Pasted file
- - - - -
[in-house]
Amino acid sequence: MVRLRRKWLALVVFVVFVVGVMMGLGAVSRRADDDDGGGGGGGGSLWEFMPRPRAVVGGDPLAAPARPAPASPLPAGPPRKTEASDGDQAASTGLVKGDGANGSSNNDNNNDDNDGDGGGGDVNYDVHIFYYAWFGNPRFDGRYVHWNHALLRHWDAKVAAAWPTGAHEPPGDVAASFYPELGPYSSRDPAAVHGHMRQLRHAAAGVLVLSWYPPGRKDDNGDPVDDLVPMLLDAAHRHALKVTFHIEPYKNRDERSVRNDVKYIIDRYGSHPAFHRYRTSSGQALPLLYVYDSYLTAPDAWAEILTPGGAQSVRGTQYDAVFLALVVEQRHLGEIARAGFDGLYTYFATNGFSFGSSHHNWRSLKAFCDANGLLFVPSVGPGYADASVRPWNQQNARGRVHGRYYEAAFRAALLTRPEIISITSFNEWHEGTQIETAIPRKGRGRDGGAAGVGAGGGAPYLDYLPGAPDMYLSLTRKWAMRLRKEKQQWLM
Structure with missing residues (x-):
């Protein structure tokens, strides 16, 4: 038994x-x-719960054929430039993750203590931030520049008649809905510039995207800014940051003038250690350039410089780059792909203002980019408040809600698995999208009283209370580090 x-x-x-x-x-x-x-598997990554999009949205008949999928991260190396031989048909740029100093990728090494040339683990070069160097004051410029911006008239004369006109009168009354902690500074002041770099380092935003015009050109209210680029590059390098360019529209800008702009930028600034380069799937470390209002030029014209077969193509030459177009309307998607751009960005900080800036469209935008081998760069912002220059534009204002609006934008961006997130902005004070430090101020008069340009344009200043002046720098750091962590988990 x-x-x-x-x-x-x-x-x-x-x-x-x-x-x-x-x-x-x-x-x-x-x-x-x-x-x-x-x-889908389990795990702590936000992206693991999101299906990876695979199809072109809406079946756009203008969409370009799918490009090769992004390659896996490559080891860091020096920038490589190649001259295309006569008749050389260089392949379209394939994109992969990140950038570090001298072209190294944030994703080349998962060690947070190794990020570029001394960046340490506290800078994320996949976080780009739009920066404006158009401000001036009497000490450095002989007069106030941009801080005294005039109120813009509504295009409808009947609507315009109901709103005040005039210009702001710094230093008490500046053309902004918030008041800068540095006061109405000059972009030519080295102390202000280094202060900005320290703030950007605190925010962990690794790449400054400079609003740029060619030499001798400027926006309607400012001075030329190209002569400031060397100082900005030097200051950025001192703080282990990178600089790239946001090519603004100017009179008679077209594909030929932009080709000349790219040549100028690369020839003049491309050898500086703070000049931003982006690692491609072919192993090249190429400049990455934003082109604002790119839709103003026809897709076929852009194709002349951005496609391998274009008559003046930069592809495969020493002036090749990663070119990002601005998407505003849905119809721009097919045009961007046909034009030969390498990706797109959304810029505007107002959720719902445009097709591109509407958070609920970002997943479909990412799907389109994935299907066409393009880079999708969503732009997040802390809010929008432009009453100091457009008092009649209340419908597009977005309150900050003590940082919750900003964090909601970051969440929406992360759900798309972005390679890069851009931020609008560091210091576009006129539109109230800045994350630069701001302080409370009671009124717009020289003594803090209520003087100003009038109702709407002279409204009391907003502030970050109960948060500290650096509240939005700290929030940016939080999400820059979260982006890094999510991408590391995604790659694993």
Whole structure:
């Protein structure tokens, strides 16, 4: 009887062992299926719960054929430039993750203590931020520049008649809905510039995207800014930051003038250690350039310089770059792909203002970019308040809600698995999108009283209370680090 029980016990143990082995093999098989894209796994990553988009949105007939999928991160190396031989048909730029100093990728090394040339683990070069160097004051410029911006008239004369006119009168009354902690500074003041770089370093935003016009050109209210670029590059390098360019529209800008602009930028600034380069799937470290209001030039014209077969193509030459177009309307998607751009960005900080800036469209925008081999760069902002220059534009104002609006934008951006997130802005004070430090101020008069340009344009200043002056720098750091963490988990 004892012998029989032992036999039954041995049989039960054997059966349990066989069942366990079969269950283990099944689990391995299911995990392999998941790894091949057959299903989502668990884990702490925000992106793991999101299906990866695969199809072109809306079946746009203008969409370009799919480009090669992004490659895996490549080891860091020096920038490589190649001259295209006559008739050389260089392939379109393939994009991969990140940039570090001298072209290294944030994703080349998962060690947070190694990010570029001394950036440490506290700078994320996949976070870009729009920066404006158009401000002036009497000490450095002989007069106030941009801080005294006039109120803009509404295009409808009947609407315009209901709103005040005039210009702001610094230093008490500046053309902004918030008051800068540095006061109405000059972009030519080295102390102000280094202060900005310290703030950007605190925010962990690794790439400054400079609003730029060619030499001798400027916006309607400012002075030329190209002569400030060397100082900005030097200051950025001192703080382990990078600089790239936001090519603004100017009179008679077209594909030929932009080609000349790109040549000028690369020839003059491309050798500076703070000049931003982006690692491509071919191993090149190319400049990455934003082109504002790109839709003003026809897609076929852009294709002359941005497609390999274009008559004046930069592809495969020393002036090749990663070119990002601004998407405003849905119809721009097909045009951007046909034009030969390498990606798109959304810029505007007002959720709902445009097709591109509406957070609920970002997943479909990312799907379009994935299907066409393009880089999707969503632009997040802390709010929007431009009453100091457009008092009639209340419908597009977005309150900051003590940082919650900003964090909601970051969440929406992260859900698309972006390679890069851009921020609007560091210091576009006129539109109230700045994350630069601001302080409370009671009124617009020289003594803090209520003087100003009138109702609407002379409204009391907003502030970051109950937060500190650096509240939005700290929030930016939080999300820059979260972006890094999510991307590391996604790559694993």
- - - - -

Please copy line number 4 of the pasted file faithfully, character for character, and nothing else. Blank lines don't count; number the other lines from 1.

């Protein structure tokens, strides 16, 4: 038994x-x-719960054929430039993750203590931030520049008649809905510039995207800014940051003038250690350039410089780059792909203002980019408040809600698995999208009283209370580090 x-x-x-x-x-x-x-598997990554999009949205008949999928991260190396031989048909740029100093990728090494040339683990070069160097004051410029911006008239004369006109009168009354902690500074002041770099380092935003015009050109209210680029590059390098360019529209800008702009930028600034380069799937470390209002030029014209077969193509030459177009309307998607751009960005900080800036469209935008081998760069912002220059534009204002609006934008961006997130902005004070430090101020008069340009344009200043002046720098750091962590988990 x-x-x-x-x-x-x-x-x-x-x-x-x-x-x-x-x-x-x-x-x-x-x-x-x-x-x-x-x-889908389990795990702590936000992206693991999101299906990876695979199809072109809406079946756009203008969409370009799918490009090769992004390659896996490559080891860091020096920038490589190649001259295309006569008749050389260089392949379209394939994109992969990140950038570090001298072209190294944030994703080349998962060690947070190794990020570029001394960046340490506290800078994320996949976080780009739009920066404006158009401000001036009497000490450095002989007069106030941009801080005294005039109120813009509504295009409808009947609507315009109901709103005040005039210009702001710094230093008490500046053309902004918030008041800068540095006061109405000059972009030519080295102390202000280094202060900005320290703030950007605190925010962990690794790449400054400079609003740029060619030499001798400027926006309607400012001075030329190209002569400031060397100082900005030097200051950025001192703080282990990178600089790239946001090519603004100017009179008679077209594909030929932009080709000349790219040549100028690369020839003049491309050898500086703070000049931003982006690692491609072919192993090249190429400049990455934003082109604002790119839709103003026809897709076929852009194709002349951005496609391998274009008559003046930069592809495969020493002036090749990663070119990002601005998407505003849905119809721009097919045009961007046909034009030969390498990706797109959304810029505007107002959720719902445009097709591109509407958070609920970002997943479909990412799907389109994935299907066409393009880079999708969503732009997040802390809010929008432009009453100091457009008092009649209340419908597009977005309150900050003590940082919750900003964090909601970051969440929406992360759900798309972005390679890069851009931020609008560091210091576009006129539109109230800045994350630069701001302080409370009671009124717009020289003594803090209520003087100003009038109702709407002279409204009391907003502030970050109960948060500290650096509240939005700290929030940016939080999400820059979260982006890094999510991408590391995604790659694993």